CIO influence sliding fast

By admin, April 7, 2010 1:47 am

It's no secret that the role of the CIO has been diminished by the confluence of factors stemming from the recession, the increasing consumerization of technology, and the external pressures of utility computing, but new data suggests that the position is slipping away from business relevance even faster than previously speculated.

Diamond Digital reports that nearly 1/3 of IT related spending happens outside of the IT department. How much influence can the CIO hope to have on corporate technology when a third of it is decided on without his or her input? More provocatively, how much influence should the CIO have if they can't provide a better alternative internally for all those spending initiatives?
Thomas Wailgum writes of the role that complex legacy systems have played in this process (coincidentally, Clay Shirky recently put out a broader take on how complexity evolves and hampers adaptation) .

As Wailgum notes, none of this evolved dependence has done anything to endear the CIO, or IT in general, to other executives… quite the opposite, in fact. The tremendous failure rate for IT projects combined with the growing dependency has left CEOs, boards, and other executives quite rightly frightened. Is it any wonder that they are taking what discretionary funding they have and shopping around outside the organization for solutions?

Sure, the deck has been stacked against the CIO in some respects; Chris Curran and John Sviokla present an interesting take on how the dual status of the position (as staff and line executives both) has confused the rest of the business and not infrequently CIOs themselves. And there are no shortage of finger-pointing diatribes out there otherwise describing how IT is set up to fail by the harsh circumstances of corporate expectations.

Of course, the IT department and the CIOs running it haven't always played a small role in shaping those expectations. If CIOs have been placed in a difficult position, they have not always covered themselves in glory in dealing with the difficulties. Running their departments as private fiefdoms, steering the business toward solutions built more toward IT's preferences than business requirements, and generally embracing the gatekeeper role over that of innovator, CIOs in many cases have busily been digging their own graves even as business executives have been looking for a tree to hang them from.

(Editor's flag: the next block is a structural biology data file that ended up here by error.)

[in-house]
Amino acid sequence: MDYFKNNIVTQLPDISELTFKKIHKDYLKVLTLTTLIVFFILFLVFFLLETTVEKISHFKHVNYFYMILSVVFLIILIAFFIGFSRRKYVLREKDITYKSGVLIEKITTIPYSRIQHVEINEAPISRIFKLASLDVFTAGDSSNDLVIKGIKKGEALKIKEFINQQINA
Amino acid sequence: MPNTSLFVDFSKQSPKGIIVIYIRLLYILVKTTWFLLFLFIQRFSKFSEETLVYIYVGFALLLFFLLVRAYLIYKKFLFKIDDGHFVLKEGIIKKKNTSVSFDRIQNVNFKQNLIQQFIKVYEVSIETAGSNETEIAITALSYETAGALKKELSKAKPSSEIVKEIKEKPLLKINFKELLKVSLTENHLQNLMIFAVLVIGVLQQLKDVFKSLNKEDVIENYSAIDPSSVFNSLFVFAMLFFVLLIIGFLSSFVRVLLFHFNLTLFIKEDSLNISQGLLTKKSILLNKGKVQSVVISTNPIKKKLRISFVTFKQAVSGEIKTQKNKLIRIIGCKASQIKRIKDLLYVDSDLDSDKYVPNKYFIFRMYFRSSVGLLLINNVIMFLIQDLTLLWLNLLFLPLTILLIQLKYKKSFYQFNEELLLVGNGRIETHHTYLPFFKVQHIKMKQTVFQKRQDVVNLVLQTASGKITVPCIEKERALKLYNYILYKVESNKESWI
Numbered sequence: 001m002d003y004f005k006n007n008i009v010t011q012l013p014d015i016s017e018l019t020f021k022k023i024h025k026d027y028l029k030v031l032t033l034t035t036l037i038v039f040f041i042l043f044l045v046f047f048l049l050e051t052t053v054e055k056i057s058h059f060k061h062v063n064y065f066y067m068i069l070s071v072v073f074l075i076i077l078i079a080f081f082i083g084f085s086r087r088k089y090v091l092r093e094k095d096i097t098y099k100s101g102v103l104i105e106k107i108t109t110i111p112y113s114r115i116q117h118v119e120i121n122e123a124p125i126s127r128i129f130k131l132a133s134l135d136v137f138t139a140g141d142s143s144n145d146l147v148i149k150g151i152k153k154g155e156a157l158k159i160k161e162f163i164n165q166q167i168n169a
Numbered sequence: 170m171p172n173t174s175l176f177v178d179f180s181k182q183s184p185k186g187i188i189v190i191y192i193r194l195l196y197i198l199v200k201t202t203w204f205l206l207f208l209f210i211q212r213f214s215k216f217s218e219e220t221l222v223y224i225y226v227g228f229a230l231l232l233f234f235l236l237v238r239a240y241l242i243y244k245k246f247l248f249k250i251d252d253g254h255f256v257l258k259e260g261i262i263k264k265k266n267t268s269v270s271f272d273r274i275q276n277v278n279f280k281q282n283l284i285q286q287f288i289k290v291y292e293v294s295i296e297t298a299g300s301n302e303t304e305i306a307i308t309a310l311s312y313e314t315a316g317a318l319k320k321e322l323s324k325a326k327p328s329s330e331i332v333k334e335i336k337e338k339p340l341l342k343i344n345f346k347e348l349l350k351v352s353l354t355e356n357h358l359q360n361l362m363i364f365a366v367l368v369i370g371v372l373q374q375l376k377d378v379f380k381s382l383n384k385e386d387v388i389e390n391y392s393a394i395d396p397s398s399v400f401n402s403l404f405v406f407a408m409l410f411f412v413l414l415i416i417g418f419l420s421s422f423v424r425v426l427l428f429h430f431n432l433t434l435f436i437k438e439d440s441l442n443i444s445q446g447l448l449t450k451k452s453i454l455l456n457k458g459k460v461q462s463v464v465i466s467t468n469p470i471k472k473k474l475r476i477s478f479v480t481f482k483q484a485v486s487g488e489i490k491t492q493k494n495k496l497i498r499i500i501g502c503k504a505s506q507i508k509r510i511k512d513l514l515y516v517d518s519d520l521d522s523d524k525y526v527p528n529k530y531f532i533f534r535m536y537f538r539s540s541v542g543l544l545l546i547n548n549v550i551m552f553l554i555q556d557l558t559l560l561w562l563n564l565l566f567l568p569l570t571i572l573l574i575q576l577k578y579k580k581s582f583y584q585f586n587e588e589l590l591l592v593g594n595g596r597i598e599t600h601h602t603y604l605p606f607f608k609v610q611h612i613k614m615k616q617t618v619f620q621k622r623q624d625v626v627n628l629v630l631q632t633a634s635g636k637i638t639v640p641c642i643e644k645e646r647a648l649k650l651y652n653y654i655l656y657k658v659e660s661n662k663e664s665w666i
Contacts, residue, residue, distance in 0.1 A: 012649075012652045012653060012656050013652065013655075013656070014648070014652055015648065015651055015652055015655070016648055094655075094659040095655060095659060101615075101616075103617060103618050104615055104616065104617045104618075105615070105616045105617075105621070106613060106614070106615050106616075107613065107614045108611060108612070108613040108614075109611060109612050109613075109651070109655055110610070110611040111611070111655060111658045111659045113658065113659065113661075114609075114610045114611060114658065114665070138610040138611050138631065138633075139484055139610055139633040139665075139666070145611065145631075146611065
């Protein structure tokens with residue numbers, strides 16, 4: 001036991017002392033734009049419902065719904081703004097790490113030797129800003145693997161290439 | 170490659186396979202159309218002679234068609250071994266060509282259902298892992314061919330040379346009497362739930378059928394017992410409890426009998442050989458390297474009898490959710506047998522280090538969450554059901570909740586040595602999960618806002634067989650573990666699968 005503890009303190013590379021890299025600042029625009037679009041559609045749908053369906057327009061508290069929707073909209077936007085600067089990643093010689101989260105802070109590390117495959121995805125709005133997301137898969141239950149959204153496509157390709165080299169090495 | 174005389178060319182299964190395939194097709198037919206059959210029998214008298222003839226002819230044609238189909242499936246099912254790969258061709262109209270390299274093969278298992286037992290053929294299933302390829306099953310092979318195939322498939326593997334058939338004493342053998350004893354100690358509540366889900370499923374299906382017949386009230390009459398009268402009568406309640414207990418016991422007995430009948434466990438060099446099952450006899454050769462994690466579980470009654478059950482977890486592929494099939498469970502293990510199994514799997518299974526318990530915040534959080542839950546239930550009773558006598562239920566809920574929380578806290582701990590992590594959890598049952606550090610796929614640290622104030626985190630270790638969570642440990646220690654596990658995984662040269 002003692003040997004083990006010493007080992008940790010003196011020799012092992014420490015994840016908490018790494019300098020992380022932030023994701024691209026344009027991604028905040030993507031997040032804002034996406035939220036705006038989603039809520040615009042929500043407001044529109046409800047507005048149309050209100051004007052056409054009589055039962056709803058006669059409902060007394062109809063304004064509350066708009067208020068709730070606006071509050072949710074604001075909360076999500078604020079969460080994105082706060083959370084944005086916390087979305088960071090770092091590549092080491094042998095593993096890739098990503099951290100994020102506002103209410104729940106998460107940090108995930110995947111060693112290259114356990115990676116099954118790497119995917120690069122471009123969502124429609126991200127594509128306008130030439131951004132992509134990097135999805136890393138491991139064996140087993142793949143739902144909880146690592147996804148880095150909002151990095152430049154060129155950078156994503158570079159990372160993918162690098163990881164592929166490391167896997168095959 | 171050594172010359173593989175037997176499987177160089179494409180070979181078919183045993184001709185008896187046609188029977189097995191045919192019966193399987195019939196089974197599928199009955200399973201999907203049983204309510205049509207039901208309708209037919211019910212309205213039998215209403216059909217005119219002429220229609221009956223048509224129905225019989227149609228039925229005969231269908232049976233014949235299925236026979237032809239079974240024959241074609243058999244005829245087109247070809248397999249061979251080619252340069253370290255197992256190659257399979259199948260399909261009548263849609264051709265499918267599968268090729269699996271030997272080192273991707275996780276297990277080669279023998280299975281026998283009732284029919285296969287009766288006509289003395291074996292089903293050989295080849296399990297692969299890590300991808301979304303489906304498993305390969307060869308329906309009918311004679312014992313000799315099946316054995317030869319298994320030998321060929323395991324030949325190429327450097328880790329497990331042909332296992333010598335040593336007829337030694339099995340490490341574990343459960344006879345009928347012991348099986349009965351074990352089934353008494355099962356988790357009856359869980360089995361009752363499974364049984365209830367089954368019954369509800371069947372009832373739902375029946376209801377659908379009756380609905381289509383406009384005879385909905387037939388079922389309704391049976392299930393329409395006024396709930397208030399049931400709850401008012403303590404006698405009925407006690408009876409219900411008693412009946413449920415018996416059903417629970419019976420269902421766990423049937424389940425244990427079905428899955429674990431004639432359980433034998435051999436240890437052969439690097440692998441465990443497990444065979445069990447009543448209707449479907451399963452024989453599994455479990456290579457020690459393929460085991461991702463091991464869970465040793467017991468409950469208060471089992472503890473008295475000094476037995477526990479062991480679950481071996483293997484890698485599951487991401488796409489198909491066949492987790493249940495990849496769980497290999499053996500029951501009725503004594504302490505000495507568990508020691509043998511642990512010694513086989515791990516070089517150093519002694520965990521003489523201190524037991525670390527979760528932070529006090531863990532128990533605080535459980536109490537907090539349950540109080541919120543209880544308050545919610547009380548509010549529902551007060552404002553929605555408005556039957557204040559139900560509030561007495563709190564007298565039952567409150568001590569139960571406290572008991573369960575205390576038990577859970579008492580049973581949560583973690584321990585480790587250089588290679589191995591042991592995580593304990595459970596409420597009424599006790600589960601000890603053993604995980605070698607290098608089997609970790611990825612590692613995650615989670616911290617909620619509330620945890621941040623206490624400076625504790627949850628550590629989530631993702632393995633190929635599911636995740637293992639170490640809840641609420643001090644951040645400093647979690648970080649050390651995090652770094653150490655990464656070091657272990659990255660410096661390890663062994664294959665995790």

It's worth noting that the "line executive" role that Curran and Sviokla highlight is a relatively new one that has evolved into the job for many CIOs only recently, as technology has advanced to a point that allows it to serve in a prominently productive, rather than strictly supportive, capacity. The patterns established while acting as the plumber and gatekeeper have made it difficult to embrace the potential of the newer role. It's not altogether clear to me that many of the people today wearing the CIO hat are suited to the duality of those posts. You only have to look at the historic failure rates for IT projects to understand how untenable the position is; where else (except perhaps the financial sector, judging by recent events) could a line executive with customer-facing responsibilities have half of their efforts fail and still keep their job? The industry has conditioned us to expect failure in far greater proportion than would be acceptable to most business executives, which both accounts for some of the friction there and illustrates just how far most CIOs are from being ready to step up into an expanded role of that sort.

It may be that there is a little too much navel-gazing going on in the CIO world over these issues, too much posturing and territorial defensiveness. It's threatening to look at the numbers and the trends when your job is at stake, but it does little good to try to explain them away. Instead, understanding why it is that all this has come to pass might be the best way to figure out how to hang on to a meaningful role in the corporation. As I have said before, the CIO who wants to succeed needs to be out in front of these curves, controlling the progression, even when doing so actually means giving up some control. We're repeatedly being shown evidence that the ways that corporate IT has done things under the reign of the CIO haven't worked out well, and that different approaches that incorporate the business as the primary driver of information technology projects are more successful. There is a disconnect when CIOs assume that they can bottle that magic and recreate it inside the IT department under their own strict controls. Those things work because they are coming from line staff in the first place. IT can't replicate that without becoming something that is not IT.

Ultimately that is the key to where the CIO role is heading. The next generation of CIOs may well see themselves (and be referred to) as business executives first, and technologists only second. Strategic thinking and leadership for information technology may simply be folded, as it should be, directly into strategic thinking and leadership for the business as a whole. If the CEO already has a good grasp of the capabilities of current technology, does she need a CIO at all?

Photo source quillons

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